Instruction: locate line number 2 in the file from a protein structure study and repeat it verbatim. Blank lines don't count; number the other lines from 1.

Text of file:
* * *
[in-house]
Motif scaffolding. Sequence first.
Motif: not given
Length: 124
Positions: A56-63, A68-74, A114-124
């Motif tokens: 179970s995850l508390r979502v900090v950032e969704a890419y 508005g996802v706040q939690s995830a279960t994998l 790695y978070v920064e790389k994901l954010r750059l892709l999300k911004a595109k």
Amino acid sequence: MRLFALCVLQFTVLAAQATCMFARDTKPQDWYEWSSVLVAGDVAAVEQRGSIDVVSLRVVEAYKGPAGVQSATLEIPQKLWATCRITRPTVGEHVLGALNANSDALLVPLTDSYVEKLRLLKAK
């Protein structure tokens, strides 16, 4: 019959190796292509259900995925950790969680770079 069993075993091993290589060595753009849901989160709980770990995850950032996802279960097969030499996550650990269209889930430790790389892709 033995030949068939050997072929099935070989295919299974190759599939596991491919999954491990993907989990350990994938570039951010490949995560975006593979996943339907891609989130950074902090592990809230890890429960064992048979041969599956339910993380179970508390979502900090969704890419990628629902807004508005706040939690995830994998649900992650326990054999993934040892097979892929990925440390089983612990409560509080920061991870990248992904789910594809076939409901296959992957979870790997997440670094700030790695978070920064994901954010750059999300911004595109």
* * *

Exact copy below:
Motif scaffolding. Sequence first.